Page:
If you are trying to protect the users in your organisation from social engineering, you need to consider all the possible avenues through which an attacker might get in touch, ideally before attacks through them become mainstream.
While not as new as Teams, we find that voice based social engineering, AKA vishing, is also quite effective. Scammers have been using it for a long time, but something about having a voice on the other side seems to have an effect of increased trust on targets.
This one is painfully trivial and simple to implement yet carries quite the punch. The concept is that security awareness training focuses on a certain type of phishing that is often, how shall we put it, not entirely sophisticated or patient. There will usually be a call to action in the first message, which is exactly what triggers both AI spam filters and security awareness instincts.
Instead, we have noted that engaging in conversation is sufficient to penetrate both technical and awareness controls. The key here is to allow trust to build before requiring the target to do anything remotely uncomfortable. Trust seems to move quite quickly from zero, to very high as a function of the number of benign interactions, assuming some reasonable time in between. A couple of emails and a phone call, in the context of a sensibly constructed scenario (more on that later), and you have a very willing participant on top of softened technical controls.
Another result of mandatory security training is that users have become accustomed to generic spam-like social engineering. However, they are less likely to be suspicious of highly targeted social engineering. There are three main elements of importance we have observed to work for us when creating a custom scenario. First, the scenario needs to be naturally occurring in the context of the organisation and role. For example, it makes sense to reach out to a hospital to discuss an upcoming operation or a bank to discuss opening a new bank account. Second, the message needs to align with the motivations of the target, ideally specific to its role in the organisation. For example, a sales representative that is paid a commission per transaction, is very likely to be responsive to a potential lead. Third, the message and ensuing conversation should demonstrate some understanding of the domain in question, to a degree that is plausible in the given scenario. For example, if you are reaching out to a software company about a potential partnership, you should be able to explain who you are, why a partnership makes sense, and that you have done your homework in regard to their product.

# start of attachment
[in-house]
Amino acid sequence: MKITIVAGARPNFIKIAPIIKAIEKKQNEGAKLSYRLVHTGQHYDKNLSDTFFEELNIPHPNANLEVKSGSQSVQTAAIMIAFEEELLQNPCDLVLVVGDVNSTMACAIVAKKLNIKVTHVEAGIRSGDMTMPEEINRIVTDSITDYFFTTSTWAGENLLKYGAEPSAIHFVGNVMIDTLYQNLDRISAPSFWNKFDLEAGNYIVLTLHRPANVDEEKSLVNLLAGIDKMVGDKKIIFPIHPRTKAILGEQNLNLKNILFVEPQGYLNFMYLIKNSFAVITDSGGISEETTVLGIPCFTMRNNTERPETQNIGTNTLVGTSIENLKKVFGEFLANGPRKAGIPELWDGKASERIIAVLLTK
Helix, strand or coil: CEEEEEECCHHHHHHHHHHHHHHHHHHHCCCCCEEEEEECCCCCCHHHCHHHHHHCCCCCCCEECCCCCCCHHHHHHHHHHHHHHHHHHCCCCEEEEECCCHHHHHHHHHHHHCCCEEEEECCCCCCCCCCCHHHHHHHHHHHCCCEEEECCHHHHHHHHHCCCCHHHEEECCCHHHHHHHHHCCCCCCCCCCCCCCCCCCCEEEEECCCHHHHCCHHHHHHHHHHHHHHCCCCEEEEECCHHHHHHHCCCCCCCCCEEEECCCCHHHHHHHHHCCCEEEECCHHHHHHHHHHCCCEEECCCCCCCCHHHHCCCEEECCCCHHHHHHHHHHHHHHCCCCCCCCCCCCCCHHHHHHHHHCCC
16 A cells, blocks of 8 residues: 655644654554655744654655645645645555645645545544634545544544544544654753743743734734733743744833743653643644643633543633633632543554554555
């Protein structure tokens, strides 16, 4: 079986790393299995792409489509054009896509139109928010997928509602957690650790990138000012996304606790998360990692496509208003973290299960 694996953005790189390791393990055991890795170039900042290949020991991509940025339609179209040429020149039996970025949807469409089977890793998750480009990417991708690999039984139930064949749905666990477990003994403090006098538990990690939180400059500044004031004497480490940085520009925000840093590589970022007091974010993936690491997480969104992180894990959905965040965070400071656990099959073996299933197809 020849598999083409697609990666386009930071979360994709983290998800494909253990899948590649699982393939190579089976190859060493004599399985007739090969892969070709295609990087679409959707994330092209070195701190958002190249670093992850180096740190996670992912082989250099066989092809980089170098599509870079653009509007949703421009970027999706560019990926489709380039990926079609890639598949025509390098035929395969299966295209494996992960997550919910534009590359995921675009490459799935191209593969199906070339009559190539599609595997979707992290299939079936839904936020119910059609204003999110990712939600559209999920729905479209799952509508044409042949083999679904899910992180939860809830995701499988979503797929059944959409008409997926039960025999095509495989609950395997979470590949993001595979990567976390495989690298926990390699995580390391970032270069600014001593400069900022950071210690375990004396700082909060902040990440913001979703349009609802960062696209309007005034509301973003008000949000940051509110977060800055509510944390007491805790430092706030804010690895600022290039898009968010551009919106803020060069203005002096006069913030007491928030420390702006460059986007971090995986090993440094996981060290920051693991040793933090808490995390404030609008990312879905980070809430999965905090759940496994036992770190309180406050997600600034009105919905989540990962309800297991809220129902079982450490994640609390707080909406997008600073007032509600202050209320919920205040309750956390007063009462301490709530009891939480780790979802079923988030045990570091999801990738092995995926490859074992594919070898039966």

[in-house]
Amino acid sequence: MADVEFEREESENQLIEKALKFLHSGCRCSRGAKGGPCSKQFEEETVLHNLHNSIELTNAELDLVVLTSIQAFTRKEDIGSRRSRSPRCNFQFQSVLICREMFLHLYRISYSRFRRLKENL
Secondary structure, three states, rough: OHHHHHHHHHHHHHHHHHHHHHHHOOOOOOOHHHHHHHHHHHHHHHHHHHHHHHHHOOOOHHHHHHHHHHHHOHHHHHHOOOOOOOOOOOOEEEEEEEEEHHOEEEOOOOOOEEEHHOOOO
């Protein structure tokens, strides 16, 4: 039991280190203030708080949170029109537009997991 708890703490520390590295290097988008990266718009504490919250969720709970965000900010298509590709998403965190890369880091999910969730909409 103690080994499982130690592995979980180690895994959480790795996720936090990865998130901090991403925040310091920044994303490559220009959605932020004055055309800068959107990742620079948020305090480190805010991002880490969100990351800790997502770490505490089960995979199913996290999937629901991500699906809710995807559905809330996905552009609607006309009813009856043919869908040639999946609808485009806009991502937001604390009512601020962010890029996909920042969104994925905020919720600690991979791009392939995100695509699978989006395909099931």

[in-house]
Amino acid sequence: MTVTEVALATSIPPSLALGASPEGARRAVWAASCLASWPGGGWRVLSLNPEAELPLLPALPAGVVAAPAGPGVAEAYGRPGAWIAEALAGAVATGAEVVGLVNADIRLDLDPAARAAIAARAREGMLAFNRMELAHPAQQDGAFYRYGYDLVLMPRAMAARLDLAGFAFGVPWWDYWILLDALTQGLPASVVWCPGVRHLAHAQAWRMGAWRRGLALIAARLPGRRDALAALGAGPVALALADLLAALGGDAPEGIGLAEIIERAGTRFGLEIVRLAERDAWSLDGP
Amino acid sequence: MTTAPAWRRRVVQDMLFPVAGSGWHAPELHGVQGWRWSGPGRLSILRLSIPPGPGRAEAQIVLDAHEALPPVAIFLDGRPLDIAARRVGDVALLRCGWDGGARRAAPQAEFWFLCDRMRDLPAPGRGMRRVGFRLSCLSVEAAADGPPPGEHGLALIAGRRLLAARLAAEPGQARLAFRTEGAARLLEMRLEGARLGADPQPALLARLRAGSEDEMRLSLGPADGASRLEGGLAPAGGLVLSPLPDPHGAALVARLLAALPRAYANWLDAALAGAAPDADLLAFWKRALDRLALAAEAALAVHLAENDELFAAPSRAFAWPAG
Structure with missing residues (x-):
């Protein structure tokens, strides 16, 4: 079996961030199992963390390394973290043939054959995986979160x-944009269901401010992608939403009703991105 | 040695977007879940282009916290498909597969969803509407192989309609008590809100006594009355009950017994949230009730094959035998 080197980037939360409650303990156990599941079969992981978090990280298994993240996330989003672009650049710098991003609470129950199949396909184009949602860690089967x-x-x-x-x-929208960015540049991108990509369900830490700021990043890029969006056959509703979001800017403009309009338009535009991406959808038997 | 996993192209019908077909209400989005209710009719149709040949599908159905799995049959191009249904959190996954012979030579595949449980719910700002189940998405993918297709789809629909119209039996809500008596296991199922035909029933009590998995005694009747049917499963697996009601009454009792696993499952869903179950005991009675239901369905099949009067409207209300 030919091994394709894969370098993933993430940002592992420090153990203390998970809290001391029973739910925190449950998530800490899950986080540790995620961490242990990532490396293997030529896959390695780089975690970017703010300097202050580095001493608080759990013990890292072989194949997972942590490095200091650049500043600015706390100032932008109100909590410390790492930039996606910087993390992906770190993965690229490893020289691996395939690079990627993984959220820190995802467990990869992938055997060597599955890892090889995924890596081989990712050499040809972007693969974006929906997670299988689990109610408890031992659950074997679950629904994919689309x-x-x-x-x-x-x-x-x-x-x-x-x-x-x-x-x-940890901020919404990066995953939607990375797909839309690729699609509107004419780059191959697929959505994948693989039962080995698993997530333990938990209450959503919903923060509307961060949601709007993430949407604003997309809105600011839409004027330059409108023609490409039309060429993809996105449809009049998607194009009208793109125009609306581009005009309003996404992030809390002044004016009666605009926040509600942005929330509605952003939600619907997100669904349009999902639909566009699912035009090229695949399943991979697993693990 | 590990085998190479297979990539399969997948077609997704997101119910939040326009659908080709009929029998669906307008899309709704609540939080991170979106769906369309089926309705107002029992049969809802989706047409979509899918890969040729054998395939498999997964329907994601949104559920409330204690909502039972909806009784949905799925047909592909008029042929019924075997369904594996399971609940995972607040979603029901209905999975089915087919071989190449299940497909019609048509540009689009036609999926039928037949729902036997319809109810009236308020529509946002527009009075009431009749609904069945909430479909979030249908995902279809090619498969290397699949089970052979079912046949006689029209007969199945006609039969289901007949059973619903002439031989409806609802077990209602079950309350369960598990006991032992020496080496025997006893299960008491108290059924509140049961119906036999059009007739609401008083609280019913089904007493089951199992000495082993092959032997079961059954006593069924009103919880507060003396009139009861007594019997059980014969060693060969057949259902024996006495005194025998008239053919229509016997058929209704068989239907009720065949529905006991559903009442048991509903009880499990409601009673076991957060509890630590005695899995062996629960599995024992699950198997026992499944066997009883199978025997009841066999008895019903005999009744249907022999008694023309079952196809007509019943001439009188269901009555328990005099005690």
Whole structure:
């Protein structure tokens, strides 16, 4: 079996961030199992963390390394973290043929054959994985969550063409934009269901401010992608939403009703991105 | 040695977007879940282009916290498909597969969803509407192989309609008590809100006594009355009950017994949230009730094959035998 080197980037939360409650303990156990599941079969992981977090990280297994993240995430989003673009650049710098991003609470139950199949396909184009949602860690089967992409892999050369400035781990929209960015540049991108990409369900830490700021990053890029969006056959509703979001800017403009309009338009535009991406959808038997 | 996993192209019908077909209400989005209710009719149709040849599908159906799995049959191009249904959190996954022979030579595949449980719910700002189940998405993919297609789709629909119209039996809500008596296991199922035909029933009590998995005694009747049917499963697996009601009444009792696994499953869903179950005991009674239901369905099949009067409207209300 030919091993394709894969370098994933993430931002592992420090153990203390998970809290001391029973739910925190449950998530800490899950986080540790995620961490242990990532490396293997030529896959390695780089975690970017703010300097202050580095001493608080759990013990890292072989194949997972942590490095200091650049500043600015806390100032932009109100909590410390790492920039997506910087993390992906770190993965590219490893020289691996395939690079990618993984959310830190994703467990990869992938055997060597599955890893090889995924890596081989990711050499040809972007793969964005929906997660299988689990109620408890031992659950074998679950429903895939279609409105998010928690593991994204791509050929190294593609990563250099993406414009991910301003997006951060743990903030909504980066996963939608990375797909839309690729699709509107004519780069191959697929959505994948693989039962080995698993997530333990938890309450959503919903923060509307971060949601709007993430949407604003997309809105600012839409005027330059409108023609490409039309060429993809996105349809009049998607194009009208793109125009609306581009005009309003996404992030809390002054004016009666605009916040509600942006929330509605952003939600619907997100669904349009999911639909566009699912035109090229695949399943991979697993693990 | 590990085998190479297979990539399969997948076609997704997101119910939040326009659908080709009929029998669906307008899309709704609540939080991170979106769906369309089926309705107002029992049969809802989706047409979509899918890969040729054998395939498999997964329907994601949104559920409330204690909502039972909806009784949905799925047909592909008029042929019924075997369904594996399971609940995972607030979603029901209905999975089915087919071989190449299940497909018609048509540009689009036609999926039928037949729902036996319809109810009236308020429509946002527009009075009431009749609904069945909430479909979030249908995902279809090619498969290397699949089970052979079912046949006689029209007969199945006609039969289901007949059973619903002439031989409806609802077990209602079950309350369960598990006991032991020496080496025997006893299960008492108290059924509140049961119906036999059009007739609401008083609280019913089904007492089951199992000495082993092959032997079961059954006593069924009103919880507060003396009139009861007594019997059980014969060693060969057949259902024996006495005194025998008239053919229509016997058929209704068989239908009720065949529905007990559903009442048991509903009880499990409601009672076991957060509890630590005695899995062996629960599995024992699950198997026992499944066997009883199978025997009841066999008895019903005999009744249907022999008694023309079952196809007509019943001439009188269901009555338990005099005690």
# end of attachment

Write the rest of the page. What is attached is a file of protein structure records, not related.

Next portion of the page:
Putting it all together, one of our favourite entities to reach out to are media teams. Their job is to talk to strangers, so their contact details will be available. A scenario of a reporter reaching out to them to discuss the company in general, or a recent publication, is naturally occurring. From a role motivation point of view, they are usually trying to echo a certain message, so you are essentially offering them free advertising which they are happy to accept. Finally, by sifting through the last press releases you can usually find enough interesting information to provide rich context around your specific request for information.
There is also some consideration on our behalf to make sure that the scenario we are engineering can actually result in something meaningful for us, such as the target installing a payload or providing credentials. In the above scenario, we would normally schedule some time to discuss, and being the professionals that we are, share the list of questions in advance through a link.
With the change of network architecture towards zero trust, the end result of successful phishing is often a compromised identity and access to the cloud applications it can access using SSO. However, this should not be taken lightly as this is a hugely advantageous positioning for us as red teamers. Having this access enables us to construct laser focused social engineering with rich internal context. The time spent accessing internal company documents, downloading employee contact details and understanding systems, processes and challenges is priceless. This next social engineering scenario can help us compromise additional identities, or gain access to company enrolled devices.